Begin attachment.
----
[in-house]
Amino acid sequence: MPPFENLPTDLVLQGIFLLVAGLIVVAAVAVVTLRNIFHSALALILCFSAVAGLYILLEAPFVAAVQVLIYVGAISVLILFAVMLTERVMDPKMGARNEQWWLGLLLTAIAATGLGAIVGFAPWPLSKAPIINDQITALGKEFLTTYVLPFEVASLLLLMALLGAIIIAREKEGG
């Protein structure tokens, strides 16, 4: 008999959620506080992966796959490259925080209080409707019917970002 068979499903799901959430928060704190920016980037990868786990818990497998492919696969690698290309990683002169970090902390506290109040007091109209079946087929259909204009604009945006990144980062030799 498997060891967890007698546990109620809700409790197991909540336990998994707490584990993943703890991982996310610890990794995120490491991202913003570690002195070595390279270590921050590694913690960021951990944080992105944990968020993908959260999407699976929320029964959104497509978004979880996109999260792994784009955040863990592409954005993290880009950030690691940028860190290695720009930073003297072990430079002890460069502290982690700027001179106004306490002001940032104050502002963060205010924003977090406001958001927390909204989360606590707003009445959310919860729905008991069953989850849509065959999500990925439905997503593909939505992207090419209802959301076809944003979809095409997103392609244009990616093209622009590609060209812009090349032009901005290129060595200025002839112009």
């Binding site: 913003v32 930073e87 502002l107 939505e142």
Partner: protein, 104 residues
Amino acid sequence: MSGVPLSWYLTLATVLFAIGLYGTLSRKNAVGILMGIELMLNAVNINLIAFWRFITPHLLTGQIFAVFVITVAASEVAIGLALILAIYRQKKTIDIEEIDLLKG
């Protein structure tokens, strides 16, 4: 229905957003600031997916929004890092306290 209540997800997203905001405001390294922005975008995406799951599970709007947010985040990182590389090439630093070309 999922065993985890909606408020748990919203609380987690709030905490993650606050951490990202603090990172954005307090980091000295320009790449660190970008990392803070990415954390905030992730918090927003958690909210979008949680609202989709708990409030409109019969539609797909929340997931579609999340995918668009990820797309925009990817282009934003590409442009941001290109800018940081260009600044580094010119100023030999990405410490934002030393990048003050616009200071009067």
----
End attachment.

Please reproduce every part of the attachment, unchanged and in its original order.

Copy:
[in-house]
Amino acid sequence: MPPFENLPTDLVLQGIFLLVAGLIVVAAVAVVTLRNIFHSALALILCFSAVAGLYILLEAPFVAAVQVLIYVGAISVLILFAVMLTERVMDPKMGARNEQWWLGLLLTAIAATGLGAIVGFAPWPLSKAPIINDQITALGKEFLTTYVLPFEVASLLLLMALLGAIIIAREKEGG
């Protein structure tokens, strides 16, 4: 008999959620506080992966796959490259925080209080409707019917970002 068979499903799901959430928060704190920016980037990868786990818990497998492919696969690698290309990683002169970090902390506290109040007091109209079946087929259909204009604009945006990144980062030799 498997060891967890007698546990109620809700409790197991909540336990998994707490584990993943703890991982996310610890990794995120490491991202913003570690002195070595390279270590921050590694913690960021951990944080992105944990968020993908959260999407699976929320029964959104497509978004979880996109999260792994784009955040863990592409954005993290880009950030690691940028860190290695720009930073003297072990430079002890460069502290982690700027001179106004306490002001940032104050502002963060205010924003977090406001958001927390909204989360606590707003009445959310919860729905008991069953989850849509065959999500990925439905997503593909939505992207090419209802959301076809944003979809095409997103392609244009990616093209622009590609060209812009090349032009901005290129060595200025002839112009």
């Binding site: 913003v32 930073e87 502002l107 939505e142």
Partner: protein, 104 residues
Amino acid sequence: MSGVPLSWYLTLATVLFAIGLYGTLSRKNAVGILMGIELMLNAVNINLIAFWRFITPHLLTGQIFAVFVITVAASEVAIGLALILAIYRQKKTIDIEEIDLLKG
């Protein structure tokens, strides 16, 4: 229905957003600031997916929004890092306290 209540997800997203905001405001390294922005975008995406799951599970709007947010985040990182590389090439630093070309 999922065993985890909606408020748990919203609380987690709030905490993650606050951490990202603090990172954005307090980091000295320009790449660190970008990392803070990415954390905030992730918090927003958690909210979008949680609202989709708990409030409109019969539609797909929340997931579609999340995918668009990820797309925009990817282009934003590409442009941001290109800018940081260009600044580094010119100023030999990405410490934002030393990048003050616009200071009067």